Running KDE in a LXD container ... is it Possible?


(Мэтью Смит) #1

I would like to run Ubuntu 18.10 w/ KDE Plasma 5 within a LXD container. Not particularly knowing what I am doing, I set up a container with Ubuntu 18.10 and then once in the container installed thed plasma-desktop from the Ubuntu repository. Everything installed without error but I cannot get the Desktop to run. I have tried “xinit” and “startx” commands but get this error:

(EE) parse_vt_settings: Cannot open /dev/tty0 (No such file or directory)

further investigation shows that the container does not have a “tty0” just a tty. I am certain there is much I need to set up but haven’t. A push in the right direction would be appreciated :):grin:


#2

There have been a few discussions about this, how to run a X server in a container while there is also a X server running on the host. My understanding is that you can’t run two separate X servers with hw acceleration and all on the same gpu, because each needs exclusive access to the GPU.

Having said that, it should be possible to create two displays ($DISPLAY) with the host’s X server and direct the container’s desktop to the second display. That is, do not launch an X server in the container but only the desktop environment. You switch between them with a shortcut like Ctrl-Alt-F6.

Alternatively, you can use something like a software X server like Xephyr so that you get the output in a window of your desktop instead.


(Patrick Goetz) #3

My question is why would you want to do this? The whole point of an X server is to allow X clients (i.e. X graphical applications) from multiple locations to all display to the same server. If you’re testing out DEs (desktop environments) then a full-blown VM is probably a better way to go.


#4

It’s an issue of not using too many resources.
Like, why use LXD when you can create VMs?

It is possible to run X11 apps in a LXD container and get the output on your Linux desktop.

It is also possible to run a desktop in a LXD container using X2Go, https://blog.simos.info/how-to-use-the-x2go-remote-desktop-with-lxd-containers/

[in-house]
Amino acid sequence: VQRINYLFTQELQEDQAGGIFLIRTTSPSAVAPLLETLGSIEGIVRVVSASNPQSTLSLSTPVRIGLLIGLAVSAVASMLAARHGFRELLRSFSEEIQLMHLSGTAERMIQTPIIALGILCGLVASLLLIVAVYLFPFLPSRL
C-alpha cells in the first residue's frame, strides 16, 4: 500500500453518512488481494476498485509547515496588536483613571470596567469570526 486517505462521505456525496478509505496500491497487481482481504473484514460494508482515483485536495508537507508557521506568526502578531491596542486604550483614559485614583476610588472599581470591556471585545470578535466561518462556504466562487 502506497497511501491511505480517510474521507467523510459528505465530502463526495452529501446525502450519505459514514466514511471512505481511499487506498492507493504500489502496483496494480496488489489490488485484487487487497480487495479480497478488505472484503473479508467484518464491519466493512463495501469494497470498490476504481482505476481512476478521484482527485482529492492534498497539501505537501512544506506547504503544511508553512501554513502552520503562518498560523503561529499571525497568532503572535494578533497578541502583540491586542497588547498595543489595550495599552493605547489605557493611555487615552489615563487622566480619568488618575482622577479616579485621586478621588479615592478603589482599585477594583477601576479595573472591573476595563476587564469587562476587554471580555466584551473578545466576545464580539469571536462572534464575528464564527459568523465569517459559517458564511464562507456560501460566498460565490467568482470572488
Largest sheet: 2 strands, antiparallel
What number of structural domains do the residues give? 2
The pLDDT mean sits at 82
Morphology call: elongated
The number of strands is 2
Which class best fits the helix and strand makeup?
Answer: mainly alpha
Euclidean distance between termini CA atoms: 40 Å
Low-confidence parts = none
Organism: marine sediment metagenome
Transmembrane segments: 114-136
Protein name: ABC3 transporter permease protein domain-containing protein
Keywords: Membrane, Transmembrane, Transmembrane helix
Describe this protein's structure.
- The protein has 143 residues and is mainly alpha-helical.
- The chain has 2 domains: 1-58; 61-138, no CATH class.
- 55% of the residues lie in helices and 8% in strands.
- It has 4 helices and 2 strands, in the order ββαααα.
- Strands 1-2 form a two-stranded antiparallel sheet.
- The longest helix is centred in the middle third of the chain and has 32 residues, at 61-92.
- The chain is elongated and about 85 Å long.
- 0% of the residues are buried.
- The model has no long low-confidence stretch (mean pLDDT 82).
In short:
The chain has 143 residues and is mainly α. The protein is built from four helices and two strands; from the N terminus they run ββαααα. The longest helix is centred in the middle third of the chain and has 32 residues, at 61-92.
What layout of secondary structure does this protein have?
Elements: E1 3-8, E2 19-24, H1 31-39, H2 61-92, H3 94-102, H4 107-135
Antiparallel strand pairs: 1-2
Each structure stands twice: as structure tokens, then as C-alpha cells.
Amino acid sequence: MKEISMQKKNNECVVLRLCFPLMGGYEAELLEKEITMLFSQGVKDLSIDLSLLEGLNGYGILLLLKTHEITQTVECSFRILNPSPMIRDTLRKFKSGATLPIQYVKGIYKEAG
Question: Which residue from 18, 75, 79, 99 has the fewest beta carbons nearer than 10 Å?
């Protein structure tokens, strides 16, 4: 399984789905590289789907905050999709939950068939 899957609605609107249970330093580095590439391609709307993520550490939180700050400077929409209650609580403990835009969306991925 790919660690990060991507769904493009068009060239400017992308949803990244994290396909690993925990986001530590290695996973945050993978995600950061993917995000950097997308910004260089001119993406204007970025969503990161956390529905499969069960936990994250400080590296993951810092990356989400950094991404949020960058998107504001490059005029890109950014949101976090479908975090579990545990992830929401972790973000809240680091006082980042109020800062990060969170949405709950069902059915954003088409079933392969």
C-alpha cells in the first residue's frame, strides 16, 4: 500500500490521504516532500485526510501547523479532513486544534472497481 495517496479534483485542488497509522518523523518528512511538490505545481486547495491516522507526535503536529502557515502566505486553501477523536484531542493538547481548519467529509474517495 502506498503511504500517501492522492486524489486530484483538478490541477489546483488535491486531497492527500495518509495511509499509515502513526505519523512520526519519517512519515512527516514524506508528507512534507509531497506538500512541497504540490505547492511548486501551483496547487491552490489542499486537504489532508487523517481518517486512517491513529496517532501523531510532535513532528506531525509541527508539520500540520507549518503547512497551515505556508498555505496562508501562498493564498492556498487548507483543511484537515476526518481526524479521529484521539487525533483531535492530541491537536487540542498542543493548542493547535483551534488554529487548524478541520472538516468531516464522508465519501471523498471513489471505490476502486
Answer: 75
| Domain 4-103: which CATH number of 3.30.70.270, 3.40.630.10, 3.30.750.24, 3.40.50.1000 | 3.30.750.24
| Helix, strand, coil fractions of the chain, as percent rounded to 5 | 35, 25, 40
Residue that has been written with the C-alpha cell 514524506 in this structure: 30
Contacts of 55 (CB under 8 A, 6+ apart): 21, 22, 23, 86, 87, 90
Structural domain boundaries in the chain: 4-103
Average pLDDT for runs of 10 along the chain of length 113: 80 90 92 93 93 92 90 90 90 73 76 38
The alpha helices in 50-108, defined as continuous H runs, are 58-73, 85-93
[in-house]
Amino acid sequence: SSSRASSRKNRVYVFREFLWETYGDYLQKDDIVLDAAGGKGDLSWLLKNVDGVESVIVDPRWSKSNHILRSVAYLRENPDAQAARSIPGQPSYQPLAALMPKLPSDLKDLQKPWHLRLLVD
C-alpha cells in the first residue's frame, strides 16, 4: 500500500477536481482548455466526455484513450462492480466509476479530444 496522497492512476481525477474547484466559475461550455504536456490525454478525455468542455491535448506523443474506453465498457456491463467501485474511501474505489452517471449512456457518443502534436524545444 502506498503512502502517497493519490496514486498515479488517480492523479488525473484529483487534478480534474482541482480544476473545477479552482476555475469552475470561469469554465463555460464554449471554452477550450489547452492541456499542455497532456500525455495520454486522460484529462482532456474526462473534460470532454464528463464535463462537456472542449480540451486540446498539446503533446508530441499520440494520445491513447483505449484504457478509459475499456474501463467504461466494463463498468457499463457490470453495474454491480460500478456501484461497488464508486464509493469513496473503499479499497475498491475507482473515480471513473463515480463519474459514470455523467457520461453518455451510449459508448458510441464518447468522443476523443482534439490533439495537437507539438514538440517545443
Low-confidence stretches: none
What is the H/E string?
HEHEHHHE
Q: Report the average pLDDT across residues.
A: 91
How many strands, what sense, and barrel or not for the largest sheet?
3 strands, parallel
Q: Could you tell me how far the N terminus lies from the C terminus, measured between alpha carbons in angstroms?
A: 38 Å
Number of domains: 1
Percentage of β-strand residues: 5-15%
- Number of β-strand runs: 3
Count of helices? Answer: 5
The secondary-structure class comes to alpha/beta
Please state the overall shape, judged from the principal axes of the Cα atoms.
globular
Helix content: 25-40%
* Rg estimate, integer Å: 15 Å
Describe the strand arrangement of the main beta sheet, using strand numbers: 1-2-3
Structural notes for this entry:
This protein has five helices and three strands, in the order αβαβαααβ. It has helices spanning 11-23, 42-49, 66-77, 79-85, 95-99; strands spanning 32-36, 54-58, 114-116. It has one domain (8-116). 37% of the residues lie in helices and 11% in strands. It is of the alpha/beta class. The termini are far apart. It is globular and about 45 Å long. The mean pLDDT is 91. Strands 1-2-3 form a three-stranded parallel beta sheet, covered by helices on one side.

It should be possible to run a distro from a LXD container and have it appear on a separate X11 DISPLAY.


(Мэтью Смит) #5

The primary reason is that I have PiHole running in a LXD container - obtaining its IP via macvlan - therefore the host - which was running KDE - could not utilize PiHole as its DNS resolver (as configured). Thats really about it haha


(Patrick Goetz) #6

But how does running Plasma in the container help you with this?


(Мэтью Смит) #7

Well unless I am wrong, containers can ping each other. Thus a Plasma container would be able to ping the PiHole container permitting it utilize its DNS services and allowing me to have a Linux desktop that would benefit from PiHole (without additional hardware). If there is way for the host to utilize the PiHole container as its DNS server I’d prefer that but I utilize macvlan to assign IP’s to the containers so the rest of the network can utilize the PiHole. Again, as I understand it, utilizing macvlan prevents the host from “talking” to the container over LAN.

I suppose I could make the host the Desktop and Pihole but PiHole bogarts the webserver on the host machine preventing me from running, for instance, nextcloud. Alternatively, I could just do that and put nextcloud in a container but then the Host would not have access to that.

I am spitballing because I am a linux/LXD novice/hobbiest/enthusiast … I am interested enough to dive deep and really understand these topics. I’m just not there yet. Hopefully I can stand on the shoulders of the resident giants in the meantime :slight_smile:


(Patrick Goetz) #8

The whole macvlan containers not being able to talk to the host has been bothering me, so I dug into it a bit. You’re on the right track with this post: Host to Container connection with macvlan bridge

The correct solution is to figure out how to get your host to talk to the macvlan container. You already found the old solution provided here: http://noyaudolive.net/2012/05/09/lxc-and-macvlan-host-to-guest-connection/

Another possibility is to move your primary host interface to a bridge and then use that same bridge for your containers, as described here:
https://blog.ubuntu.com/2015/11/10/converting-eth0-to-br0-and-getting-all-your-lxc-or-lxd-onto-your-lan

Both of those links are pretty old, at this point, so there might be a better way to do this altogether (also depending on what version of lxd you’re using). I’ve used netplan a little, but not enough to advise you on how to implement either of these or other more sophisticated setups, but if you figure it out, can you post the solution to Host to Container connection with macvlan bridge ? Thanks


(Мэтью Смит) #9

Patrick:

Thank you for your thoughtful reply. I apologize for being so late in my response. I ultimately dumped the hole KDE idea because I found myself 99% in command line any way.

However, it appears Mr. Pibb has found a solution! HERE (Host to Container connection with macvlan bridge). I have yet to try it but it looks promising!